Review: Before the Frost by Henning Mankell

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BeforeTheFrostBefore the Frost by Henning Mankell (The New Press, 2005)

Blurb: In this latest atmospheric thriller, Kurt Wallander and his daughter Linda join forces to search for a religious fanatic on a murder spree. Just graduated from the police academy, Linda Wallander returns to Skåne to join the police force, and she already shows all the hallmarks of her father–the maverick approach, the flaring temper. Before she even starts work she becomes embroiled in the case of her childhood friend Anna, who has inexplicably disappeared. As the case her father is working on dovetails with her own, something far more dangerous than either could have imagined begins to emerge. They soon find themselves forced to confront a group of extremists bent on punishing the world’s sinners.

 

Henning Mankell is, for me, a hit-and-miss writer. While I’ve enjoyed the Wallander series (about a detective in Ystad), I haven’t particularly liked his other novels. Mankell tends to focus on the darkest aspects of the human psyche, and without the narrative device of the investigator (Kurt or, in this case, Linda Wallander), I can’t find much positive to hold on to, which is why I avoid the non-Wallander books these days. I would definitely recommend reading the other books in Wallander series before this one, as this appears to be a changing of the guard more than the start of a new series.

This book is told mostly from the perspective of Wallander’s adult daughter Linda, who has just finished her police training and is weeks away from becoming an official member of the police force. But her best friend’s disappearance is followed quickly by the murder of an elderly woman and a series of seemingly unrelated, bizarre events, and she’s soon convinced that the events are all linked—and despite her father’s admonishments, she decides to investigate. Being a rookie, she makes all manner of mistakes, but she’s got the support of her father, who is willing to listen to her conclusions and, once presented with the evidence, starts an official police inquiry.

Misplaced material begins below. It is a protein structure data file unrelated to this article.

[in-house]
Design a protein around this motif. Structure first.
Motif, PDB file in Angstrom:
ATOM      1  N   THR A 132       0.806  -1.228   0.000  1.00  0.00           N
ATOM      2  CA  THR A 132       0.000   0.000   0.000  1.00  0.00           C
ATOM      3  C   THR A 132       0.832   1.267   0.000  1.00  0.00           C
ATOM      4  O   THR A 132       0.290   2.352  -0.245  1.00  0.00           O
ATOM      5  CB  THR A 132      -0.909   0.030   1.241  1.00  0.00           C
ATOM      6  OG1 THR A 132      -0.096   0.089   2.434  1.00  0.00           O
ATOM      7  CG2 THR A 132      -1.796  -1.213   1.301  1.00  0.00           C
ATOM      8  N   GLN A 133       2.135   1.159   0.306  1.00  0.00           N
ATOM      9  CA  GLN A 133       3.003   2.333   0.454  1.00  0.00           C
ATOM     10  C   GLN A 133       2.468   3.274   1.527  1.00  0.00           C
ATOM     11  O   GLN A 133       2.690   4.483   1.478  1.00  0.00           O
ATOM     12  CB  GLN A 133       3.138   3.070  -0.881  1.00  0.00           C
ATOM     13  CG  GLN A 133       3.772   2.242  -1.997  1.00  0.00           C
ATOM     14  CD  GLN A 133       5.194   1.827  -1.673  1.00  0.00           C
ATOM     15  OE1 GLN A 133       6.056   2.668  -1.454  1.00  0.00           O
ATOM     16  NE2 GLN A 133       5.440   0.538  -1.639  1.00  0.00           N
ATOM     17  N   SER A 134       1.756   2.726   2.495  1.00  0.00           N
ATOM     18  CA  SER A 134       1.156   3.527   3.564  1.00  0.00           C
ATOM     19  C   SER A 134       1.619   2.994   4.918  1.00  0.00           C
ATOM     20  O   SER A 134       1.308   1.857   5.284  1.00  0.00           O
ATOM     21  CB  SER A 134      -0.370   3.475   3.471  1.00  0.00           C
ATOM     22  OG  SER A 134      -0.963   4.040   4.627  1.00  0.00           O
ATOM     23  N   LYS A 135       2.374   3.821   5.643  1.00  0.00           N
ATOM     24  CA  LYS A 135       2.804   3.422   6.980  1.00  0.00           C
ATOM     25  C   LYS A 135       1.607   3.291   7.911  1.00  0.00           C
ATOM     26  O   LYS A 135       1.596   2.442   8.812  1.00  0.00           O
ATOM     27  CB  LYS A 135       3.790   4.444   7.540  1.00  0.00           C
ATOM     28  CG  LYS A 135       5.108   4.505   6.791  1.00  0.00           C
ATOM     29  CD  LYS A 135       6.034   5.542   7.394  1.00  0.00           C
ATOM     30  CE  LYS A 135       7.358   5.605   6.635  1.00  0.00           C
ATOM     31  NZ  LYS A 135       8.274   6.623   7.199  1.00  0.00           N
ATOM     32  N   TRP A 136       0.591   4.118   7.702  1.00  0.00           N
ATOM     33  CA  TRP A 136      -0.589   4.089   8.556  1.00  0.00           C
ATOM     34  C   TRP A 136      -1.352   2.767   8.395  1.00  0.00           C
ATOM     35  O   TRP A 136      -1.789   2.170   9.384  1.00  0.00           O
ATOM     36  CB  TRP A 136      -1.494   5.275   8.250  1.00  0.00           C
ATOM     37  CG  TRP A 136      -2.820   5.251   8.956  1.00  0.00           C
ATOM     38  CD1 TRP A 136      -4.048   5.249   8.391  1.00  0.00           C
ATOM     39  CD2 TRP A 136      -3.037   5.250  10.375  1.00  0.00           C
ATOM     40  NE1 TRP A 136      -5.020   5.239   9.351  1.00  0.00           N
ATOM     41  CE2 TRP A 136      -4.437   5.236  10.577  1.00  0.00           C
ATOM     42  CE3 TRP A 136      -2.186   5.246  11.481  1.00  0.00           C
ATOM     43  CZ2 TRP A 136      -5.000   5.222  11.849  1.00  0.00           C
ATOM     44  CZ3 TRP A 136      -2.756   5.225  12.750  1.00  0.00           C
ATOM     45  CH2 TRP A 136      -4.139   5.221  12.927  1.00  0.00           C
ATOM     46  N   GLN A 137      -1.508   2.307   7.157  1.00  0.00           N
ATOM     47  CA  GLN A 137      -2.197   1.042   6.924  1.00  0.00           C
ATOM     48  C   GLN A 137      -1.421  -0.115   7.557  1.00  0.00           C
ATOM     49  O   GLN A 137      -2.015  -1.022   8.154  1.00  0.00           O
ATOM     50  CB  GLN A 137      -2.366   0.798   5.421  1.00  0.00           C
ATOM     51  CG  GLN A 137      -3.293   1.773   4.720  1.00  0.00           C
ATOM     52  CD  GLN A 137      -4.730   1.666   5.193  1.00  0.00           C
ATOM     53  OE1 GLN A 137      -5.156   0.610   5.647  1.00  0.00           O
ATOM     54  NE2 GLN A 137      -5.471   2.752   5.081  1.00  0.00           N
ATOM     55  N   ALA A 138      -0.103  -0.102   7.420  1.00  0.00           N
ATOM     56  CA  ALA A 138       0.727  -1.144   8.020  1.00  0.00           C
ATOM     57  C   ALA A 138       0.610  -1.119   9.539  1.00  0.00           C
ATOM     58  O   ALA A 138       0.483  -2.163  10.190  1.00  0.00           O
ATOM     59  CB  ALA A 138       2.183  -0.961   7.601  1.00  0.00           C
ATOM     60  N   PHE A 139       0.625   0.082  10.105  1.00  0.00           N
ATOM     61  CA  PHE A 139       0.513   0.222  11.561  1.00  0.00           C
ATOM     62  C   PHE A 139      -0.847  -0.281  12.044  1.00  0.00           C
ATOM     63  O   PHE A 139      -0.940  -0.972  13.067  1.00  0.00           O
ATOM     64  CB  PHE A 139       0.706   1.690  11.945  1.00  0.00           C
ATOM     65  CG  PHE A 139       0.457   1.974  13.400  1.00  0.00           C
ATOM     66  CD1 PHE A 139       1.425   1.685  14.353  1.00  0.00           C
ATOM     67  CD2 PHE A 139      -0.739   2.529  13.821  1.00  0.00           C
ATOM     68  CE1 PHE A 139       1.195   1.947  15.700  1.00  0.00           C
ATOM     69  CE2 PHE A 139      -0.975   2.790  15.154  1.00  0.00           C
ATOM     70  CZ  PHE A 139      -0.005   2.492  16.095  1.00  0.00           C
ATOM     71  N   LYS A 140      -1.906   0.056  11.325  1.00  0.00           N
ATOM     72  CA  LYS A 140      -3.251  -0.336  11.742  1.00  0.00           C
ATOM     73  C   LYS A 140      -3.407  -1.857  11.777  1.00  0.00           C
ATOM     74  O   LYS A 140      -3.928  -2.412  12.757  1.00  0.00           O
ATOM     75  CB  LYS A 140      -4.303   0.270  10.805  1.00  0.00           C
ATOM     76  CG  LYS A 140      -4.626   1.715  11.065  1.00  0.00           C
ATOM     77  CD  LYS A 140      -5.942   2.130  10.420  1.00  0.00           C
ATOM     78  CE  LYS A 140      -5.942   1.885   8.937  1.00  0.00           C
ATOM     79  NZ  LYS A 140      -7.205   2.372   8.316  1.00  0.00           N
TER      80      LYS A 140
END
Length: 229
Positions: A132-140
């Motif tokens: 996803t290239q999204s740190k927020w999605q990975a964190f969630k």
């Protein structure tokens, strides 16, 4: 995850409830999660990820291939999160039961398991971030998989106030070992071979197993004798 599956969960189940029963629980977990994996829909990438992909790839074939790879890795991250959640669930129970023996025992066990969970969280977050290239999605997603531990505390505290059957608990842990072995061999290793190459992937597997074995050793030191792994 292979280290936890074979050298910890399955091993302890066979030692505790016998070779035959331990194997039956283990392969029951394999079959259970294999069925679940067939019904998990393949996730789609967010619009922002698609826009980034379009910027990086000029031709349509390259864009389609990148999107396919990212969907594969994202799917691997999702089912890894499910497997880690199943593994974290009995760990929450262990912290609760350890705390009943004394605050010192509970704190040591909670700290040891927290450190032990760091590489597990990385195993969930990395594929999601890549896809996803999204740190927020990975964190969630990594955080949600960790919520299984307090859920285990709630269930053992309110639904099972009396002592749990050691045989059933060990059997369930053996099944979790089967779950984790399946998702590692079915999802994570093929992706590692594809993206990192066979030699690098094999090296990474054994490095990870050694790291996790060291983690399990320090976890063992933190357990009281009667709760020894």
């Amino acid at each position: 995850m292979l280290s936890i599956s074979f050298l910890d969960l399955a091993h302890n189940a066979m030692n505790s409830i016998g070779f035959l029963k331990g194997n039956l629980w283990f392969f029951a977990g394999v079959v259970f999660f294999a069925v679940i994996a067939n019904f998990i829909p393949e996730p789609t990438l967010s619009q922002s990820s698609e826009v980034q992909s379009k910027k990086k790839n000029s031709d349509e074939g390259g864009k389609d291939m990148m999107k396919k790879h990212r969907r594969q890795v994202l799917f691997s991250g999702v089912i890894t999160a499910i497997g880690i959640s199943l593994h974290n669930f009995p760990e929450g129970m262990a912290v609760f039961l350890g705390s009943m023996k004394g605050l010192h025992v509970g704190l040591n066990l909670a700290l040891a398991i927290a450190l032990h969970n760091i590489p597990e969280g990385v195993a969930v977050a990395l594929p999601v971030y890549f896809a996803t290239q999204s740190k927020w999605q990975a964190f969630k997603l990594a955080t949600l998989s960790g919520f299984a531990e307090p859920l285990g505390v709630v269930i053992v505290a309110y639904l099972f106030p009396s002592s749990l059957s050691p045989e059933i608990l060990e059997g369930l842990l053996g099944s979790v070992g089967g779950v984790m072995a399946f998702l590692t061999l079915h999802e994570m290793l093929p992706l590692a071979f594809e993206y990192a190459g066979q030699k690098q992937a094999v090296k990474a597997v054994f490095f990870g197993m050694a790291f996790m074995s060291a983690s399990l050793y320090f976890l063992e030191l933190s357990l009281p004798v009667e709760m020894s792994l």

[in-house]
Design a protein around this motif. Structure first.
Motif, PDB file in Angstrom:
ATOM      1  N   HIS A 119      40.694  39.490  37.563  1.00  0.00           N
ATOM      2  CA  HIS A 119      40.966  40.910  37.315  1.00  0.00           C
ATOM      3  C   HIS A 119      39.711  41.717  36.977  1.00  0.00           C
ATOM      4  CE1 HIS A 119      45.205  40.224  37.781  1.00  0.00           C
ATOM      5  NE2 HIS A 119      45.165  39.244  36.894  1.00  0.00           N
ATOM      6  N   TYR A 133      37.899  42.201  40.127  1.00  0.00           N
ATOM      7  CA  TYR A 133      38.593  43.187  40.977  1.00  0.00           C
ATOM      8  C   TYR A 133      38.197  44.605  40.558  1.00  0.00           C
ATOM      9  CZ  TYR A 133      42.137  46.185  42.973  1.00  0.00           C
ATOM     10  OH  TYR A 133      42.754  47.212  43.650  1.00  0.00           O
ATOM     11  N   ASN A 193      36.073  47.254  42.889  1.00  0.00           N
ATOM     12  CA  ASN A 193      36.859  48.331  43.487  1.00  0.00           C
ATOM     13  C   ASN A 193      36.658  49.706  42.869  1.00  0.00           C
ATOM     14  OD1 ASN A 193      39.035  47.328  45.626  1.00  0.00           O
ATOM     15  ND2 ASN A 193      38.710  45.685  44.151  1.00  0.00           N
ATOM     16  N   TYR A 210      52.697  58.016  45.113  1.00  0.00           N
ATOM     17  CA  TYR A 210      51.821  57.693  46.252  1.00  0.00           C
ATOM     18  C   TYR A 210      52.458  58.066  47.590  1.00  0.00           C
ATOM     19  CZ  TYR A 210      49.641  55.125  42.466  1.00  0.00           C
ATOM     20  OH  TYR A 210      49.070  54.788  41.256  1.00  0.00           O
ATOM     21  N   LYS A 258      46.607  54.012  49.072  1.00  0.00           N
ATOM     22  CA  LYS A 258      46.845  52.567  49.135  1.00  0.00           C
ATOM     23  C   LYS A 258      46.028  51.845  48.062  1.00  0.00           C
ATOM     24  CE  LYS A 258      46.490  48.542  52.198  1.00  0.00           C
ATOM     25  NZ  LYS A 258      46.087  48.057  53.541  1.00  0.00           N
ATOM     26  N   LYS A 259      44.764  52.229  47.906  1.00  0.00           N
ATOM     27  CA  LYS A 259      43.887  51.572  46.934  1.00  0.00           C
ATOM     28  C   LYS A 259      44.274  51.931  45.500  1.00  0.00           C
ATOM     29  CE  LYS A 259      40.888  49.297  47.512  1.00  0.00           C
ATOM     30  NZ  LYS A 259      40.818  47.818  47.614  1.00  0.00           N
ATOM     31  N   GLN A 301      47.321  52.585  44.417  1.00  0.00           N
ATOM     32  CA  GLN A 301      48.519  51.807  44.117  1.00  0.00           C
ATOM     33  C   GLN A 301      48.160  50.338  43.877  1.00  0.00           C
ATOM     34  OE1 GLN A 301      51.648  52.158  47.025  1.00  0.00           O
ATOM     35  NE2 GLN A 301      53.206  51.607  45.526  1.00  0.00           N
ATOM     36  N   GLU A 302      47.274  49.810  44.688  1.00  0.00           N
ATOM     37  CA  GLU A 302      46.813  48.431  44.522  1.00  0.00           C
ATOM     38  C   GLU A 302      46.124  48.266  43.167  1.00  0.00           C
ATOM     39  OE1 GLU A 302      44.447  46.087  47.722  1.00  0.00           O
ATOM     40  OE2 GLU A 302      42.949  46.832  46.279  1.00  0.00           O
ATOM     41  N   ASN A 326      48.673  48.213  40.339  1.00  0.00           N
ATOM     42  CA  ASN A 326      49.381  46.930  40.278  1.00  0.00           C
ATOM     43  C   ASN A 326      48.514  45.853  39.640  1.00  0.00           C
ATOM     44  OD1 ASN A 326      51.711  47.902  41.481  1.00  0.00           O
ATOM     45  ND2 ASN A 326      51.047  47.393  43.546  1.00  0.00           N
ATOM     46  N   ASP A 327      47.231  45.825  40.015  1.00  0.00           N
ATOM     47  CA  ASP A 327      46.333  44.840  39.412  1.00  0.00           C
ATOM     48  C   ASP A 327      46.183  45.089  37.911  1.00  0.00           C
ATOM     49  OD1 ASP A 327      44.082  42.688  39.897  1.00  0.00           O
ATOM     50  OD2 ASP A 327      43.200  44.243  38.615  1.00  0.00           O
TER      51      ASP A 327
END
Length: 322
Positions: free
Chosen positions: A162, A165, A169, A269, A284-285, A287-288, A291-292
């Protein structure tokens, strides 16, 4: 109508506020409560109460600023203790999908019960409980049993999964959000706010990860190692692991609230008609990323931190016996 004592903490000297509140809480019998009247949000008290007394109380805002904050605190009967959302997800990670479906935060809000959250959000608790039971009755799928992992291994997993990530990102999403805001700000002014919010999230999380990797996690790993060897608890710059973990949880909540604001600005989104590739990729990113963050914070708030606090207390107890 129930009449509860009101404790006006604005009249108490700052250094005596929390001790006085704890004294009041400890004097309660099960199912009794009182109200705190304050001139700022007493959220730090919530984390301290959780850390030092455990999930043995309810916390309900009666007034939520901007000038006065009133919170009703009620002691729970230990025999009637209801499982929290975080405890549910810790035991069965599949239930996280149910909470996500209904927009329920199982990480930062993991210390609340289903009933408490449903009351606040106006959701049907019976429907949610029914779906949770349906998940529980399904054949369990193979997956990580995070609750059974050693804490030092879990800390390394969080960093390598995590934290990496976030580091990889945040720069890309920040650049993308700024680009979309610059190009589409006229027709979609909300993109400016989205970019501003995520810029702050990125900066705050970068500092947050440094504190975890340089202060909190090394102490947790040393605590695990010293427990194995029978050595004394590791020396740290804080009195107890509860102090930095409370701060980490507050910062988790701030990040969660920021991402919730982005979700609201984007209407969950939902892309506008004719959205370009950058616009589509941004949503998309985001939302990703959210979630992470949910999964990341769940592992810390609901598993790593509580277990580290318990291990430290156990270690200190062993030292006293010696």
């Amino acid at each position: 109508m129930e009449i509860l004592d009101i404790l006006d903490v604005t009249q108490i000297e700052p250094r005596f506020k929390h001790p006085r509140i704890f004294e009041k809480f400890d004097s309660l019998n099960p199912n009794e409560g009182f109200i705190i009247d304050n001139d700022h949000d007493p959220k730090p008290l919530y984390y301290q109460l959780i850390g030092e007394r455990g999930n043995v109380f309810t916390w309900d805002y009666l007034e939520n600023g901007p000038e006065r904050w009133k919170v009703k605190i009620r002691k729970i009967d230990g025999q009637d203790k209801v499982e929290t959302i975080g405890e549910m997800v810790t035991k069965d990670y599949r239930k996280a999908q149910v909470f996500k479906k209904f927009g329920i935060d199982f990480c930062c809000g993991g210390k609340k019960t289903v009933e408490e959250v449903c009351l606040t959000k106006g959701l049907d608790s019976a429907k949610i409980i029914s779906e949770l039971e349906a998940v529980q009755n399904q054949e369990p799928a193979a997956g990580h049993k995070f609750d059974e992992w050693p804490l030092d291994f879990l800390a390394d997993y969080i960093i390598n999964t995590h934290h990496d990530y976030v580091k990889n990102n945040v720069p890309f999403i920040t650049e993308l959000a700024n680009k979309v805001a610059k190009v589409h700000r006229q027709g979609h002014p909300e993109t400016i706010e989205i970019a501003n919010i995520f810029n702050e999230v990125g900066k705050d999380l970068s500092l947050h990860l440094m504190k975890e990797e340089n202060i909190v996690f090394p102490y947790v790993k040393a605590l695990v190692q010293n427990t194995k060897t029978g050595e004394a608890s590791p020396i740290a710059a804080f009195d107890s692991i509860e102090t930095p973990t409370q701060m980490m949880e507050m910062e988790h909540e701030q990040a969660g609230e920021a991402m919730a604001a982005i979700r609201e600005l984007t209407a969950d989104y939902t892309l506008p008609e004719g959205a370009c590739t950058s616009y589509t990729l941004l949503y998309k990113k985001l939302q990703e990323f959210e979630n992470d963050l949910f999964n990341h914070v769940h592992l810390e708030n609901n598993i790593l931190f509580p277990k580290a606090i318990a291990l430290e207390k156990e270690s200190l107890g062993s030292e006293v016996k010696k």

The portrayal of the relationship between Kurt and Linda is uneven. Having read so much from Kurt’s point of view as he worked through his relationships with his ex-wife and with his own father, I enjoyed having another perspective. But some of Linda’s reflections on her father seemed less the thoughts of a daughter about a parent and more the thoughts of a parent about a misunderstood child, as though Mankell wanted to correct readers’ misperceptions of Kurt Wallander.

My reaction to this book is in some part an emotional response to the bookend device Mankell chose for its structure. The two events referenced are mass murders done for religious reasons: in Jonestown, Guyana, on November 18, 1978, and on September 11, 2001. Religious fundamentalism is a global issue, but to me it was a bit jarring to have these two events—the victims of both of which were overwhelmingly American—used as the link for a story about a very small cult in Sweden. This is not to say that it was inappropriate; it wasn’t, and it was well done, but for me it just didn’t work.

 

My rating: 3 stars

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2 responses »

  1. Hi there. You should try Henning Mankell’s ‘The Man From Beijing’ and ‘Depths’ for two really riveting but diverse reads. The first deals with an investigation of a bizarre crime; the latter the strange story of a navy man. Both will keep you hooked to the end. Have fun!

    • HI there! I have read Depths and didn’t particularly care for it. I have The Man From Beijing on my “to read” shelf but have been putting it off. Guess it’s time to read it!

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